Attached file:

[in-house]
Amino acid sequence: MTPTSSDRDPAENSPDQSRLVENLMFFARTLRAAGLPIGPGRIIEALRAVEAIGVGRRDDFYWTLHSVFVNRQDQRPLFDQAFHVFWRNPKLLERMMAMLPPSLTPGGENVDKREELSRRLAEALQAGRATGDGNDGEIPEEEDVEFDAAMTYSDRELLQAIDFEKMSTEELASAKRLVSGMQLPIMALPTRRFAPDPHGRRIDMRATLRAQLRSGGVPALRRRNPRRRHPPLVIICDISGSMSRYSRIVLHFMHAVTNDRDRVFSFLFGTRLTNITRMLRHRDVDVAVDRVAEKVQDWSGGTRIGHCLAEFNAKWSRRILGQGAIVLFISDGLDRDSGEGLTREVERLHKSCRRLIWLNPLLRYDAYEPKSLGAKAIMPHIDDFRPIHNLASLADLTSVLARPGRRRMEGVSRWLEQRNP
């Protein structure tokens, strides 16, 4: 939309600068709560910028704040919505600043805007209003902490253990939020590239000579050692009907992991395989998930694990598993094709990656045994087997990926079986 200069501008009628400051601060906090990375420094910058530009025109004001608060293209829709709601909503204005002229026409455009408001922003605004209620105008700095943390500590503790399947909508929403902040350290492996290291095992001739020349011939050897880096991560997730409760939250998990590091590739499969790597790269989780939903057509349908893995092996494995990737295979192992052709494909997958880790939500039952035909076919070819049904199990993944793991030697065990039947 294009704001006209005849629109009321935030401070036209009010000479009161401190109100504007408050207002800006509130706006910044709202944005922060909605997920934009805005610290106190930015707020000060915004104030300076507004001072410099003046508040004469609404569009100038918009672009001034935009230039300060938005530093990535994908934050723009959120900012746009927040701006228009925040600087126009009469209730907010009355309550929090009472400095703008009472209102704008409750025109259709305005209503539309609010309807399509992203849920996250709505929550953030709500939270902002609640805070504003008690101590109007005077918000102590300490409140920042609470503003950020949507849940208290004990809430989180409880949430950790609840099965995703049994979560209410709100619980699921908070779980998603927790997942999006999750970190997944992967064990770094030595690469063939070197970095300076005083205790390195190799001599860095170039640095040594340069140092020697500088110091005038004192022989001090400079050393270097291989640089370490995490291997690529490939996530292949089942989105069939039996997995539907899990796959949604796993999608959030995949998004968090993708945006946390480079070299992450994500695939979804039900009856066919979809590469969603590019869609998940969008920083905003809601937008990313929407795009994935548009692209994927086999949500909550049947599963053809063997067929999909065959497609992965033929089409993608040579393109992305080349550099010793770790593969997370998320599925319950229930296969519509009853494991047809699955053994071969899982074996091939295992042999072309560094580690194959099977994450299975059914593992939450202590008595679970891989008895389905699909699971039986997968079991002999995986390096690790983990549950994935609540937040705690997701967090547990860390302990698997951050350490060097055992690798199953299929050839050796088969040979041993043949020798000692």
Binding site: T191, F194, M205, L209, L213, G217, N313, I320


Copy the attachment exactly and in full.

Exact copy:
[in-house]
Amino acid sequence: MTPTSSDRDPAENSPDQSRLVENLMFFARTLRAAGLPIGPGRIIEALRAVEAIGVGRRDDFYWTLHSVFVNRQDQRPLFDQAFHVFWRNPKLLERMMAMLPPSLTPGGENVDKREELSRRLAEALQAGRATGDGNDGEIPEEEDVEFDAAMTYSDRELLQAIDFEKMSTEELASAKRLVSGMQLPIMALPTRRFAPDPHGRRIDMRATLRAQLRSGGVPALRRRNPRRRHPPLVIICDISGSMSRYSRIVLHFMHAVTNDRDRVFSFLFGTRLTNITRMLRHRDVDVAVDRVAEKVQDWSGGTRIGHCLAEFNAKWSRRILGQGAIVLFISDGLDRDSGEGLTREVERLHKSCRRLIWLNPLLRYDAYEPKSLGAKAIMPHIDDFRPIHNLASLADLTSVLARPGRRRMEGVSRWLEQRNP
């Protein structure tokens, strides 16, 4: 939309600068709560910028704040919505600043805007209003902490253990939020590239000579050692009907992991395989998930694990598993094709990656045994087997990926079986 200069501008009628400051601060906090990375420094910058530009025109004001608060293209829709709601909503204005002229026409455009408001922003605004209620105008700095943390500590503790399947909508929403902040350290492996290291095992001739020349011939050897880096991560997730409760939250998990590091590739499969790597790269989780939903057509349908893995092996494995990737295979192992052709494909997958880790939500039952035909076919070819049904199990993944793991030697065990039947 294009704001006209005849629109009321935030401070036209009010000479009161401190109100504007408050207002800006509130706006910044709202944005922060909605997920934009805005610290106190930015707020000060915004104030300076507004001072410099003046508040004469609404569009100038918009672009001034935009230039300060938005530093990535994908934050723009959120900012746009927040701006228009925040600087126009009469209730907010009355309550929090009472400095703008009472209102704008409750025109259709305005209503539309609010309807399509992203849920996250709505929550953030709500939270902002609640805070504003008690101590109007005077918000102590300490409140920042609470503003950020949507849940208290004990809430989180409880949430950790609840099965995703049994979560209410709100619980699921908070779980998603927790997942999006999750970190997944992967064990770094030595690469063939070197970095300076005083205790390195190799001599860095170039640095040594340069140092020697500088110091005038004192022989001090400079050393270097291989640089370490995490291997690529490939996530292949089942989105069939039996997995539907899990796959949604796993999608959030995949998004968090993708945006946390480079070299992450994500695939979804039900009856066919979809590469969603590019869609998940969008920083905003809601937008990313929407795009994935548009692209994927086999949500909550049947599963053809063997067929999909065959497609992965033929089409993608040579393109992305080349550099010793770790593969997370998320599925319950229930296969519509009853494991047809699955053994071969899982074996091939295992042999072309560094580690194959099977994450299975059914593992939450202590008595679970891989008895389905699909699971039986997968079991002999995986390096690790983990549950994935609540937040705690997701967090547990860390302990698997951050350490060097055992690798199953299929050839050796088969040979041993043949020798000692």
Binding site: T191, F194, M205, L209, L213, G217, N313, I320